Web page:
As a result, the Democratic Party is trying to pass a federal package to strengthen voter rights. First, it must change the filibuster, a Senate tool meant to encourage debate but that has actually resulted in delays passing laws. That’s top of the agenda for Senate Majority Leader Chuck Schumer. We can only hope that second on that agenda is the climate crisis.
Sure, 2021 was a shift from 2020. The U.S. is refocused on science and environmental justice. Still, communities on the ground need to actually feel these changes in their everyday lives if the Democratic Party wants their support, said Mustafa Santiago Ali, the vice president of environmental justice, climate, and community revitalization at the National Wildlife Federation. The people already living through the climate emergency or pollution crisis need to see actions that transform their lives.
“I’m very concerned because everything comes down to the vote,” Santiago Ali said. “You can’t have a winning formula for climate change without making sure there are folks in office who are going to do what’s necessary to make that become a reality.”
Tamara Toles O’Laughlin, CEO and president of the Environmental Grantmakers Association, emphasized the need for a holistic vision from the president—one that effectively includes solutions to healthcare, education, employment, and housing within climate policy. “These things are not happening separately,” she said. “They’re happening at the same time.” The Build Back Better Plan was a pretty impressive opportunity to do that, but it appears unlikely at the moment. Whether it or something like it is passed before the midterms may affect how folks vote (if at all) come November.
And the clock is ticking.
Let’s look at the midterms more closely. The conspiracy that fueled the insurrection—that the 2020 presidential election was stolen—lives on through who’s running in 2022. Some 230 Congressional candidates support Trump’s lies around the election, according to The Washington Post. This reality exists under the backdrop of voter disenfranchisement that’s keeping people out of the polls.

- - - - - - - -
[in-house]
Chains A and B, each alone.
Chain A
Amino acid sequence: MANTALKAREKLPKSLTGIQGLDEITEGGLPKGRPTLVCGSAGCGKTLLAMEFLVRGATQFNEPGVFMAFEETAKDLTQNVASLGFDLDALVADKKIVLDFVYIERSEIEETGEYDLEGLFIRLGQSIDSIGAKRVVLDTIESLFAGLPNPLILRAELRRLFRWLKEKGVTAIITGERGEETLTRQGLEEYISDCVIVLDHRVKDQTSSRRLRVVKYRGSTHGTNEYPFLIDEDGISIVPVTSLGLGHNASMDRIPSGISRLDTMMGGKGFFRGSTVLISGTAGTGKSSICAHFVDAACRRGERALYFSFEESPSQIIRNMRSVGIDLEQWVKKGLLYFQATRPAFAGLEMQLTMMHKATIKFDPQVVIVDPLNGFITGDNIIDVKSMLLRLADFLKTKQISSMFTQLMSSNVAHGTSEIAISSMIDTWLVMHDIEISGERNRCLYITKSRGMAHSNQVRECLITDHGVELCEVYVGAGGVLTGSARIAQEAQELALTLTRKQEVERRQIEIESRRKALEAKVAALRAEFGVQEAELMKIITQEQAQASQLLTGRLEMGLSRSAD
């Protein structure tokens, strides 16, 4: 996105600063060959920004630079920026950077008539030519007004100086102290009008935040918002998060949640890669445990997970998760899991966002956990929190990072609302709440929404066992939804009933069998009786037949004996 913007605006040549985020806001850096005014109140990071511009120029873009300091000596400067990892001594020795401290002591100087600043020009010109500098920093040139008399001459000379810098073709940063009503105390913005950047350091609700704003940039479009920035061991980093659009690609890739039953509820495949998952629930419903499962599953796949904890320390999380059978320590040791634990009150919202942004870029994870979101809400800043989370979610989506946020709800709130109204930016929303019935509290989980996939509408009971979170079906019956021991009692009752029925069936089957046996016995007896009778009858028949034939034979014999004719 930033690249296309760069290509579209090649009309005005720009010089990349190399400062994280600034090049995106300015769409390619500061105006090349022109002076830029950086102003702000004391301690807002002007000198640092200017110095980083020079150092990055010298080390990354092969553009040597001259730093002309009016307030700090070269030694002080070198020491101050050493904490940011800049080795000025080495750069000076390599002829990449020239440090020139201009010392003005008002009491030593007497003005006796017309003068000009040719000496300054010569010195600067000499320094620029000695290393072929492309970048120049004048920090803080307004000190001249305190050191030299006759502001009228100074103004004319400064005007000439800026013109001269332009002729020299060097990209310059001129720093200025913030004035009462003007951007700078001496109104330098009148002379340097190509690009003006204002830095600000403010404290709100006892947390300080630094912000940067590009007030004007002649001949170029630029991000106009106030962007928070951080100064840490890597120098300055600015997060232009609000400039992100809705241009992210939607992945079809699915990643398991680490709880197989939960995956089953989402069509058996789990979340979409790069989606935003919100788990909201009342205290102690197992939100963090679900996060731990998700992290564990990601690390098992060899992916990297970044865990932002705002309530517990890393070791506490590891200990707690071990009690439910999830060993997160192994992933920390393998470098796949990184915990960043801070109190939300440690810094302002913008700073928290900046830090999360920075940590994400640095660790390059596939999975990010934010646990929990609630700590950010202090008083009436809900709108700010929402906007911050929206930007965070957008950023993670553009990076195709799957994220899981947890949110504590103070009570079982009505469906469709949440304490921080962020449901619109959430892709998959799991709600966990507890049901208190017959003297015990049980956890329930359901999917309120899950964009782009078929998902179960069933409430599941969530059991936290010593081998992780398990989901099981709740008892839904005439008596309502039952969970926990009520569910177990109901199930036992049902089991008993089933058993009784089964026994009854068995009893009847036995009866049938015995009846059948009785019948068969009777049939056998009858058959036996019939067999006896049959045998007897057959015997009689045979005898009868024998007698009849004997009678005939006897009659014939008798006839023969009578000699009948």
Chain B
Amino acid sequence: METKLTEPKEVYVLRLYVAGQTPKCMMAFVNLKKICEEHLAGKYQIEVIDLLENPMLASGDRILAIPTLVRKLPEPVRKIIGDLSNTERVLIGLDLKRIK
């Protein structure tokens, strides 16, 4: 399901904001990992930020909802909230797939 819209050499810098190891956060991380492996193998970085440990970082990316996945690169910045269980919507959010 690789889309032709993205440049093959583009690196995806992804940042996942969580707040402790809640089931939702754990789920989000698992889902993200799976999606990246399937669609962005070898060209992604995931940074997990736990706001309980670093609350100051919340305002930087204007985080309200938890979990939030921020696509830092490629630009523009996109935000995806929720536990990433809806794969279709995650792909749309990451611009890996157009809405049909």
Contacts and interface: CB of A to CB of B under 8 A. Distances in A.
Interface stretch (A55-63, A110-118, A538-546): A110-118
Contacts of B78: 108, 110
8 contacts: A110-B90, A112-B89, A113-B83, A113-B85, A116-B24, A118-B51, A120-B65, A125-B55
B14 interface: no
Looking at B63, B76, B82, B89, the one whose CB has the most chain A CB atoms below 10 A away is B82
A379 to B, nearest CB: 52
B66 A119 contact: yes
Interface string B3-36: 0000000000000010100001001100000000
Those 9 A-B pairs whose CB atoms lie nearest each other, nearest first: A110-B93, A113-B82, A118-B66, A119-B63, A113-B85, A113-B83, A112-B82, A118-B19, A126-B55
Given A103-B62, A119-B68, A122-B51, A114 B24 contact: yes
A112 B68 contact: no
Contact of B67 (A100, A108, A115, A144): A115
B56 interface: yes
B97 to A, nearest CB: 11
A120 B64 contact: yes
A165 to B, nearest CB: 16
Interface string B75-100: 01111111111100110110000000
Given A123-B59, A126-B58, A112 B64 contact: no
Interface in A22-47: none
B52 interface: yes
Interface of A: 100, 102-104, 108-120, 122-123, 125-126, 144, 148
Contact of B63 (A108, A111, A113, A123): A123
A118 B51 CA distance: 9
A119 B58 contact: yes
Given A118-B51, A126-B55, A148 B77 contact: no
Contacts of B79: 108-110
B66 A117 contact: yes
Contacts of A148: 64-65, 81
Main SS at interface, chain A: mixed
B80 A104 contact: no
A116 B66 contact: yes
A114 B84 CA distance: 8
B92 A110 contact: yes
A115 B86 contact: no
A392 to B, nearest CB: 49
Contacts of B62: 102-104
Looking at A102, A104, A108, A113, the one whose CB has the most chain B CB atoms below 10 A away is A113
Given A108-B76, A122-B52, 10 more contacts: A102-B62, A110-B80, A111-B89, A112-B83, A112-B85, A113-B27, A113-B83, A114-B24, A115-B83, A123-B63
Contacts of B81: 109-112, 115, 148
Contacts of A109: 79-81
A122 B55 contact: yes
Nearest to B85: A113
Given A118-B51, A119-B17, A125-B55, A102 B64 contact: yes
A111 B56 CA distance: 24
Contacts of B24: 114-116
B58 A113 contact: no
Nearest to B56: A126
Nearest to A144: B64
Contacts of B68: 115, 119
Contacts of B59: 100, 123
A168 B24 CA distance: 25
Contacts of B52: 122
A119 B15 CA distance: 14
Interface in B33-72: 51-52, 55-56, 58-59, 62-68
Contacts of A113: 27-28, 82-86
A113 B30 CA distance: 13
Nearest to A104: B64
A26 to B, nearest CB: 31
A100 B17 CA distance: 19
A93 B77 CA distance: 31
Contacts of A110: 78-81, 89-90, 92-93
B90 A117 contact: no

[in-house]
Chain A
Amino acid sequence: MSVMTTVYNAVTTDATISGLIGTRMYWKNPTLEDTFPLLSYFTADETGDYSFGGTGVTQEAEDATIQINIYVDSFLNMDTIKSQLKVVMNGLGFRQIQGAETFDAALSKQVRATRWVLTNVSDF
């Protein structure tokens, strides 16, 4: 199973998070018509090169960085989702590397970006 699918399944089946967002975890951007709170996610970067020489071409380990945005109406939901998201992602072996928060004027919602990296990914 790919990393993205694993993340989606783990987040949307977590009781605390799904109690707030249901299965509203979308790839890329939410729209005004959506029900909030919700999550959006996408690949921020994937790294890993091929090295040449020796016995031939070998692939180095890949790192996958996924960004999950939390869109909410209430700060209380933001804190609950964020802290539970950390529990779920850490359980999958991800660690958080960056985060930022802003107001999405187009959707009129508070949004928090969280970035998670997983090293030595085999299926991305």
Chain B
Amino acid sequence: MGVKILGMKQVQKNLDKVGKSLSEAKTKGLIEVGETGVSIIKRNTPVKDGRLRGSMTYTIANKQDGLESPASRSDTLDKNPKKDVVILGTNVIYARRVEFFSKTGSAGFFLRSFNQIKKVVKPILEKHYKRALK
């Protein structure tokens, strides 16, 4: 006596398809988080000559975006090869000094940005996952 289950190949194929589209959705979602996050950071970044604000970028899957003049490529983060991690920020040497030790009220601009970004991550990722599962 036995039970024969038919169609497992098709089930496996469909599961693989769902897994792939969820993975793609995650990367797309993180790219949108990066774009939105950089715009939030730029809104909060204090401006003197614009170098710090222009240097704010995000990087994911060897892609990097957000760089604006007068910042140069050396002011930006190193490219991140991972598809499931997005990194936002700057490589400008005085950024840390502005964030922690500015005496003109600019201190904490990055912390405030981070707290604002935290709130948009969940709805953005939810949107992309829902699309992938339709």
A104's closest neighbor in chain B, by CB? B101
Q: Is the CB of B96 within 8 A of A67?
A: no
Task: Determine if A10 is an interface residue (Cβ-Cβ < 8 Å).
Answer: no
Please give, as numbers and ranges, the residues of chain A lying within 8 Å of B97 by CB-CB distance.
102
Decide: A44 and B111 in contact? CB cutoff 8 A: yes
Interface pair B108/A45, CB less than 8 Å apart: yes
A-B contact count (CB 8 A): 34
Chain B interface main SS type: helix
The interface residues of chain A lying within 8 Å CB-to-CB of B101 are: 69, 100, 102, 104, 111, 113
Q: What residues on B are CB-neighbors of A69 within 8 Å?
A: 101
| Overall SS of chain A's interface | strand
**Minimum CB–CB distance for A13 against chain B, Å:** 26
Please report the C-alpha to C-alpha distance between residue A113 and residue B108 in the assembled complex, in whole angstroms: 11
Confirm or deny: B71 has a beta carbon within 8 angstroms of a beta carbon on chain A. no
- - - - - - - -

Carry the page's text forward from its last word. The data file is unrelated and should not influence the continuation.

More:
As stated in a report published Tuesday by the Center for American Progress, a left-leaning U.S.-based think tank: “A large segment of the American public has decided they do not trust the electoral system—at least not when their favored candidate loses. Changing those hearts and minds is a long-term challenge that is going to require thoughtful, long-term solutions. In the meantime, however, policymakers ignore the short-term problem at their peril. Election officials might refuse to certify the next election. Bad actors might try to tamper with the results of the election—or prevent their opposition from voting—under the pretense of preventing fraud. And, even when the election is over and done, members of Congress might refuse to respect the Electoral College results.”
It’s time for our elected officials to take on this challenge before it’s too late. For too long, Black, Indigenous, and other voters of color have been pushed to the margins. They’re among our most engaged on environmental issues. They’re the key to climate action. In 2022, our elected officials need to seize the opportunity.
“I appreciate decarbonizing and electrifying everything, but I would love to see people electrify their relationship to Congress and decarbonize the politics so that we can get our work done,” Toles O’Laughlin said. “If we do that in 2022, the rest will be relatively survivable on the road to a habitable planet.”